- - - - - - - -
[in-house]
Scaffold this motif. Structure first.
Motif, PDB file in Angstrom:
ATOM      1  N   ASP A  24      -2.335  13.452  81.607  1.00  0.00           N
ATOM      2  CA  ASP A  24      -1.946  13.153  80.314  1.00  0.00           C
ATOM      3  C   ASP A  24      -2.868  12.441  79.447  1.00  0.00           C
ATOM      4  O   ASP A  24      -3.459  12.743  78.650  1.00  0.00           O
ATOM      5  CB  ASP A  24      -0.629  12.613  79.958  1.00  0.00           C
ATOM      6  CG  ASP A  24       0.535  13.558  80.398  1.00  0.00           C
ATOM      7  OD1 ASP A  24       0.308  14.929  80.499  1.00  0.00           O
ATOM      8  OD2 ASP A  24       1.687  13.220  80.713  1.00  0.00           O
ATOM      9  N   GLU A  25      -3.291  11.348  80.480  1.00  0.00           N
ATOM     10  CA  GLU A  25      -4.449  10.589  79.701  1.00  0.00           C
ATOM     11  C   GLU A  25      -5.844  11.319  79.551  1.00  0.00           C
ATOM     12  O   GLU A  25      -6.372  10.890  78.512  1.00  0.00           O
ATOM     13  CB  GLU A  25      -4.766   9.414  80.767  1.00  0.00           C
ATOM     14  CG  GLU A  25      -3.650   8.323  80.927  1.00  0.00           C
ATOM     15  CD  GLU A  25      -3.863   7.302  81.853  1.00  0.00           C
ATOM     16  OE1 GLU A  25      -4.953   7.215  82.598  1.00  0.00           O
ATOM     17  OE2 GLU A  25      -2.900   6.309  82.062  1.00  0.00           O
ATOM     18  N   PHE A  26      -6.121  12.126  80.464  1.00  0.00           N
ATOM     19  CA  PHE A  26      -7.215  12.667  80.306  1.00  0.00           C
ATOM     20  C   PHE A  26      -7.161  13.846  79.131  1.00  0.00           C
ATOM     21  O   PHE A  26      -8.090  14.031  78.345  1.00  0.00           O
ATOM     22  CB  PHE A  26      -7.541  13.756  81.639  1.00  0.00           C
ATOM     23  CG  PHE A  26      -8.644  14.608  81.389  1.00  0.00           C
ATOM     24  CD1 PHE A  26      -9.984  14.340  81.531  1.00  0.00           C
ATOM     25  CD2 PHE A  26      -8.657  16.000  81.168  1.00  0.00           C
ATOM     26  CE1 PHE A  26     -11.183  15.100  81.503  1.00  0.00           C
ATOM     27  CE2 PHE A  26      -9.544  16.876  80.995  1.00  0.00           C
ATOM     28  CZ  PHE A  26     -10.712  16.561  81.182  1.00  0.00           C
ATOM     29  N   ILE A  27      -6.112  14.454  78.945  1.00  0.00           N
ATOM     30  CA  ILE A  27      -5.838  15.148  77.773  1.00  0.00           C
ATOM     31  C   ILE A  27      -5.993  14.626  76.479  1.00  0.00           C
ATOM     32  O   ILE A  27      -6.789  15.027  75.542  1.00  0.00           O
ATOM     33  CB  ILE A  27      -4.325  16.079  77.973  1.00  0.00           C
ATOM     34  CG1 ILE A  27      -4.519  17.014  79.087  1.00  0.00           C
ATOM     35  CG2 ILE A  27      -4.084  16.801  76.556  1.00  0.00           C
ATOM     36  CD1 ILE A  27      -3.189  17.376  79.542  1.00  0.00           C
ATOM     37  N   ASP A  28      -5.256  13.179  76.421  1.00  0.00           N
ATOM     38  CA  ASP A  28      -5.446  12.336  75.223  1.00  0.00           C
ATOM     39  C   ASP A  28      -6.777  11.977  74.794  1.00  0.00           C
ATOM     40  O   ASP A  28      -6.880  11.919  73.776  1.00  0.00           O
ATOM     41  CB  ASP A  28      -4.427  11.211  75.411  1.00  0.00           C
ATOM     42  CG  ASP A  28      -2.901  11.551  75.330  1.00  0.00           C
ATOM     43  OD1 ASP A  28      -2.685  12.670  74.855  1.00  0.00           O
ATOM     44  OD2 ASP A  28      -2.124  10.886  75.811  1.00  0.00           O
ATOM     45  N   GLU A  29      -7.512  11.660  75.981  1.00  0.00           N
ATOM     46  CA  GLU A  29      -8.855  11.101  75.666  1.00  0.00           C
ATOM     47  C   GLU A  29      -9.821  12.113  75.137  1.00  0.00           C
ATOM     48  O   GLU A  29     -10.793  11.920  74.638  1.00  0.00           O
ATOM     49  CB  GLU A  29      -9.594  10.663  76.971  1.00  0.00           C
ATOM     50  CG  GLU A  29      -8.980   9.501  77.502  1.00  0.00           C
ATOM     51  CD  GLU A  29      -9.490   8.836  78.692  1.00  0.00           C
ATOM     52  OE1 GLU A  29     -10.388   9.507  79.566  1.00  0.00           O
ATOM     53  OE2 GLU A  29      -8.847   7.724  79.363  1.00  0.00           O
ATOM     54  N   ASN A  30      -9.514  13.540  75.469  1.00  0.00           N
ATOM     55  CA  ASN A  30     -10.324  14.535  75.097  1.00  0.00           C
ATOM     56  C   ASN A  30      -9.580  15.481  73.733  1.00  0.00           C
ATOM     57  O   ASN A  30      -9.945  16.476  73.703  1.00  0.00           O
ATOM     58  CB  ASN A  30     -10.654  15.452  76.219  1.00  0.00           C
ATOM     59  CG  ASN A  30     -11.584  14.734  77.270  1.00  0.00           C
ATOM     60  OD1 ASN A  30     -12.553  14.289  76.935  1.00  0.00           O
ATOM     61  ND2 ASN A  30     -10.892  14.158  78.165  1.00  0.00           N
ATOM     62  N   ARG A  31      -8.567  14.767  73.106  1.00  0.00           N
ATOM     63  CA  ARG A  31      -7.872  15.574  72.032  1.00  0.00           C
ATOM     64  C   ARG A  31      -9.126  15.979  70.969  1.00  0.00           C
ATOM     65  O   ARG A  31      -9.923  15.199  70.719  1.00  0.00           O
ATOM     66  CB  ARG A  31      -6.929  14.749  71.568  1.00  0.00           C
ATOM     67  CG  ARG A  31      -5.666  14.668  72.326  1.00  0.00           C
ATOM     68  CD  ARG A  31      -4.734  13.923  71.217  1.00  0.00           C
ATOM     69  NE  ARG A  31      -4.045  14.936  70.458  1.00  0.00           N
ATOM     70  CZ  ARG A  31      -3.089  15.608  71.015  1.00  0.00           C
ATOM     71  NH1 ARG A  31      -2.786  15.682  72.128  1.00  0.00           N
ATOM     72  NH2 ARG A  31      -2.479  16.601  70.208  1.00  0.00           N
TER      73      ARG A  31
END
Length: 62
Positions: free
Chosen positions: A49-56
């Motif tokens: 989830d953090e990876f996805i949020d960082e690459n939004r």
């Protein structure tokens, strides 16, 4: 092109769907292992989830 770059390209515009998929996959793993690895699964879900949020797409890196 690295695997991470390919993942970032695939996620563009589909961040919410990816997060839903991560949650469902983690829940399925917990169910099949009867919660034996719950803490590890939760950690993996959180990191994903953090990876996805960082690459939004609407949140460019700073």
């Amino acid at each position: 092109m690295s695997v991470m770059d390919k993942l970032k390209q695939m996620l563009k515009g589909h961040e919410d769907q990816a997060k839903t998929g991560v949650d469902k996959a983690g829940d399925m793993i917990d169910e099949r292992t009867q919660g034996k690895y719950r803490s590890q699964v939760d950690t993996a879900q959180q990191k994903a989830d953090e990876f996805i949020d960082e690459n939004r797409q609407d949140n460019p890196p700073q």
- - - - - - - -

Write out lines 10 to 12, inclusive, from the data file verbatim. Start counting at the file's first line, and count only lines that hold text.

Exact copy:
ATOM      7  OD1 ASP A  24       0.308  14.929  80.499  1.00  0.00           O
ATOM      8  OD2 ASP A  24       1.687  13.220  80.713  1.00  0.00           O
ATOM      9  N   GLU A  25      -3.291  11.348  80.480  1.00  0.00           N